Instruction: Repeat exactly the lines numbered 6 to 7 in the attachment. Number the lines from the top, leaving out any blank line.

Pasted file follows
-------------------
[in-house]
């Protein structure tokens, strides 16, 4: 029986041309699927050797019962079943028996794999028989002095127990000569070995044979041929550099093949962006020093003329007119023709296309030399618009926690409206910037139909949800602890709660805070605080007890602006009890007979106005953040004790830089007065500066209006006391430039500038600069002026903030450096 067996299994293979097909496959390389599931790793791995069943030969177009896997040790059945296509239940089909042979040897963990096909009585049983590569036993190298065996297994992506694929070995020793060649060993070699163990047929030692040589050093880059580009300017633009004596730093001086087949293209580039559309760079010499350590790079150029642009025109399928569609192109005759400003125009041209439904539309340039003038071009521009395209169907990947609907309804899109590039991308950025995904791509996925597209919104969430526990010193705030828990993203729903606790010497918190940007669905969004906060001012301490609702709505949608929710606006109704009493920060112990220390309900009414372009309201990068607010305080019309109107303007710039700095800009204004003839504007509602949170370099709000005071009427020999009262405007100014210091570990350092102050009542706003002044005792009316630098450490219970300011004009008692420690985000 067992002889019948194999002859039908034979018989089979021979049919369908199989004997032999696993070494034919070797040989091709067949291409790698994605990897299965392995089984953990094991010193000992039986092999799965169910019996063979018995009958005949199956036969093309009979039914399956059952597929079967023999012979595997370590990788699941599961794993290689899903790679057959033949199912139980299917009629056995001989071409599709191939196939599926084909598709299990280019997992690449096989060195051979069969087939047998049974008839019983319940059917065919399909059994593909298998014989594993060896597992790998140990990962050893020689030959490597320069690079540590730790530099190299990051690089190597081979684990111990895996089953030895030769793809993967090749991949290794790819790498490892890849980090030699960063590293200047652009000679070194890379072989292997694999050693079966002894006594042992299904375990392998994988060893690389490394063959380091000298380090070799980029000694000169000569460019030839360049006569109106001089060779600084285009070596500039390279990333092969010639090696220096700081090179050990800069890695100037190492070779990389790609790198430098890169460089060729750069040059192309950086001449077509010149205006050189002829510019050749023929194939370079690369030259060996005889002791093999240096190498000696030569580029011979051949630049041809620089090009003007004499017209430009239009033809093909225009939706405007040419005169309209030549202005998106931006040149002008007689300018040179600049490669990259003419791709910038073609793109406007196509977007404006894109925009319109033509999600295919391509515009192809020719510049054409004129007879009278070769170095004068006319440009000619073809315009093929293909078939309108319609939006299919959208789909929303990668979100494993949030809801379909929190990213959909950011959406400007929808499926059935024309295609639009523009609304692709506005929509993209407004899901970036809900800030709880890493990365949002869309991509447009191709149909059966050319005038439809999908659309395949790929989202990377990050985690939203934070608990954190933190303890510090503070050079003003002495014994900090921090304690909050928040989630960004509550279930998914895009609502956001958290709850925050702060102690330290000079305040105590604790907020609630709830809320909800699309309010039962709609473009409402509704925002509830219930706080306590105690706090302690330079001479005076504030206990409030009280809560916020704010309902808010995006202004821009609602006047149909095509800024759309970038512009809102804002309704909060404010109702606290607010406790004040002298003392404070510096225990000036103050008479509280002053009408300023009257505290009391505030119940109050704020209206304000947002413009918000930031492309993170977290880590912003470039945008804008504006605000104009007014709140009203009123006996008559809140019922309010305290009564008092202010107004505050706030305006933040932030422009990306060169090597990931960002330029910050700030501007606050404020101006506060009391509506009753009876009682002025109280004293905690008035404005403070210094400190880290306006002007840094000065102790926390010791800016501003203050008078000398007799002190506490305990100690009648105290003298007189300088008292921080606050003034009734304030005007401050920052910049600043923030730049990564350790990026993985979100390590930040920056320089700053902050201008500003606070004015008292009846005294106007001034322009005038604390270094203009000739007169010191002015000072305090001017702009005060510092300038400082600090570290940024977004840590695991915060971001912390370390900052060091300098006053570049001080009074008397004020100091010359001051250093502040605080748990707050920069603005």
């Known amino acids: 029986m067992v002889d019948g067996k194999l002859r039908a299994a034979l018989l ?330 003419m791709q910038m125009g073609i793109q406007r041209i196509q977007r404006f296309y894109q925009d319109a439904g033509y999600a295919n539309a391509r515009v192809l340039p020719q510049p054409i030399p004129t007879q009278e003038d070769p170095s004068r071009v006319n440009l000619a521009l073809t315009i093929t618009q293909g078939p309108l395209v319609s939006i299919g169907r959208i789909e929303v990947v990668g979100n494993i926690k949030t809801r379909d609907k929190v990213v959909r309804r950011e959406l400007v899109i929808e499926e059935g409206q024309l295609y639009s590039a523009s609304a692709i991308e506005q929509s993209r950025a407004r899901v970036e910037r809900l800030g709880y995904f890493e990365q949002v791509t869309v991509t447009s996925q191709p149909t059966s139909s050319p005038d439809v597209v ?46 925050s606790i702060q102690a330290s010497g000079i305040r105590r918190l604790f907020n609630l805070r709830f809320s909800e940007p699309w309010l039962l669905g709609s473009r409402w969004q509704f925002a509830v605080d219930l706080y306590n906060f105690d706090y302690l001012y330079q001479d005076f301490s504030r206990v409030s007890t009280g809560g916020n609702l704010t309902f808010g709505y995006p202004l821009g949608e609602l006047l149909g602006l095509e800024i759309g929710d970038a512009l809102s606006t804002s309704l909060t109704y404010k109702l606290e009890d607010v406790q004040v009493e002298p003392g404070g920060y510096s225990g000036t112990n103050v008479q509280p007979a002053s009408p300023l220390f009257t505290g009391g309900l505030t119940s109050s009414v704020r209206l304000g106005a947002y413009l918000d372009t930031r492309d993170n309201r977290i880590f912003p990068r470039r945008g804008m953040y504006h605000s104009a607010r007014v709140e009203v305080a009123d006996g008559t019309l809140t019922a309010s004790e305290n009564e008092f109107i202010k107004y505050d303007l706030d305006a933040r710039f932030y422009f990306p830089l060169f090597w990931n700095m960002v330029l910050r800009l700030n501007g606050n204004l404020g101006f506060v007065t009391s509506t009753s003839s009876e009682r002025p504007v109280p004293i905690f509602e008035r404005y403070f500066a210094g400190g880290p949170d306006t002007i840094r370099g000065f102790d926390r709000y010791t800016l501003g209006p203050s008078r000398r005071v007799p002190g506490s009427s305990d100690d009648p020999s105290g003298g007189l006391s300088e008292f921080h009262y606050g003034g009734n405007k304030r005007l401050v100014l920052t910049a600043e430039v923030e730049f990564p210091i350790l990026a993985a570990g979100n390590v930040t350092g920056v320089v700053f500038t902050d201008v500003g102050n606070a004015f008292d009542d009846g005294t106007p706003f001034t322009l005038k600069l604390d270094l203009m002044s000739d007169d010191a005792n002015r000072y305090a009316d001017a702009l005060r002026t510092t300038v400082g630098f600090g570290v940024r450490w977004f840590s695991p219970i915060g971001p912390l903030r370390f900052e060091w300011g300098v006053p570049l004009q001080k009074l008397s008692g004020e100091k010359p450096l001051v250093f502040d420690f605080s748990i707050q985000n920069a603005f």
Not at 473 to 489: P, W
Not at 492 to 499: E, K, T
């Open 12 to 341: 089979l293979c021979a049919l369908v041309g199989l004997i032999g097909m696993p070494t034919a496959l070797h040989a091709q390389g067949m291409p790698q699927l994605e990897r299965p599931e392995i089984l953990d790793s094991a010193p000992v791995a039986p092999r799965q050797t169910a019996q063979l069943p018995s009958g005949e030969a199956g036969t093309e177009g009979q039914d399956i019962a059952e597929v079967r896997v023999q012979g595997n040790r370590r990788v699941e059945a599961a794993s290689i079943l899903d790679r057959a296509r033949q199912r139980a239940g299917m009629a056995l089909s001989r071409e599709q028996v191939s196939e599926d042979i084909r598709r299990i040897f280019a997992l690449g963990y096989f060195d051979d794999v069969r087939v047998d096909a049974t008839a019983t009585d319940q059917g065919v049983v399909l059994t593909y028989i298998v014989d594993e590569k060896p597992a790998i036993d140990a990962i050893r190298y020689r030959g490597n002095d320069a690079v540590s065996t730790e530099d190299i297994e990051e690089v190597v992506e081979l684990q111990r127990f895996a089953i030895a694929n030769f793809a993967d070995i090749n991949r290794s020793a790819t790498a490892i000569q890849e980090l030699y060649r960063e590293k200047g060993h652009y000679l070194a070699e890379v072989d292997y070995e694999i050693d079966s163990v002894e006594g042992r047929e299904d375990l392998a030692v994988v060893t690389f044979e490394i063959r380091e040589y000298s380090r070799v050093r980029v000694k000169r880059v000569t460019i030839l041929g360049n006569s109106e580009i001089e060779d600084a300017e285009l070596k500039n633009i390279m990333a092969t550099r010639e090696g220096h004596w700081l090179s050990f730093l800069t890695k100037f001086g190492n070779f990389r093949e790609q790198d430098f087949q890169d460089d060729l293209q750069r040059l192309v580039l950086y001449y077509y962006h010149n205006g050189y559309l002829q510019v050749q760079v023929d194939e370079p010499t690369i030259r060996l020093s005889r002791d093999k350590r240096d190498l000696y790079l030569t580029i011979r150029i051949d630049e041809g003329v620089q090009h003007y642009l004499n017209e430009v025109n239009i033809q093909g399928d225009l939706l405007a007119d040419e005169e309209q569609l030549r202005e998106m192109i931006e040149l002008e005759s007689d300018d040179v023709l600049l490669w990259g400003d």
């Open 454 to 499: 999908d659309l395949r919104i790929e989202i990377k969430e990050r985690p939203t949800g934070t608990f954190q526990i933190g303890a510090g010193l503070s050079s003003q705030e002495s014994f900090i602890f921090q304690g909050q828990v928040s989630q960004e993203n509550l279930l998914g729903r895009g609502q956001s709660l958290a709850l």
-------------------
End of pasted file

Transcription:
């Open 12 to 341: 089979l293979c021979a049919l369908v041309g199989l004997i032999g097909m696993p070494t034919a496959l070797h040989a091709q390389g067949m291409p790698q699927l994605e990897r299965p599931e392995i089984l953990d790793s094991a010193p000992v791995a039986p092999r799965q050797t169910a019996q063979l069943p018995s009958g005949e030969a199956g036969t093309e177009g009979q039914d399956i019962a059952e597929v079967r896997v023999q012979g595997n040790r370590r990788v699941e059945a599961a794993s290689i079943l899903d790679r057959a296509r033949q199912r139980a239940g299917m009629a056995l089909s001989r071409e599709q028996v191939s196939e599926d042979i084909r598709r299990i040897f280019a997992l690449g963990y096989f060195d051979d794999v069969r087939v047998d096909a049974t008839a019983t009585d319940q059917g065919v049983v399909l059994t593909y028989i298998v014989d594993e590569k060896p597992a790998i036993d140990a990962i050893r190298y020689r030959g490597n002095d320069a690079v540590s065996t730790e530099d190299i297994e990051e690089v190597v992506e081979l684990q111990r127990f895996a089953i030895a694929n030769f793809a993967d070995i090749n991949r290794s020793a790819t790498a490892i000569q890849e980090l030699y060649r960063e590293k200047g060993h652009y000679l070194a070699e890379v072989d292997y070995e694999i050693d079966s163990v002894e006594g042992r047929e299904d375990l392998a030692v994988v060893t690389f044979e490394i063959r380091e040589y000298s380090r070799v050093r980029v000694k000169r880059v000569t460019i030839l041929g360049n006569s109106e580009i001089e060779d600084a300017e285009l070596k500039n633009i390279m990333a092969t550099r010639e090696g220096h004596w700081l090179s050990f730093l800069t890695k100037f001086g190492n070779f990389r093949e790609q790198d430098f087949q890169d460089d060729l293209q750069r040059l192309v580039l950086y001449y077509y962006h010149n205006g050189y559309l002829q510019v050749q760079v023929d194939e370079p010499t690369i030259r060996l020093s005889r002791d093999k350590r240096d190498l000696y790079l030569t580029i011979r150029i051949d630049e041809g003329v620089q090009h003007y642009l004499n017209e430009v025109n239009i033809q093909g399928d225009l939706l405007a007119d040419e005169e309209q569609l030549r202005e998106m192109i931006e040149l002008e005759s007689d300018d040179v023709l600049l490669w990259g400003d």
């Open 454 to 499: 999908d659309l395949r919104i790929e989202i990377k969430e990050r985690p939203t949800g934070t608990f954190q526990i933190g303890a510090g010193l503070s050079s003003q705030e002495s014994f900090i602890f921090q304690g909050q828990v928040s989630q960004e993203n509550l279930l998914g729903r895009g609502q956001s709660l958290a709850l």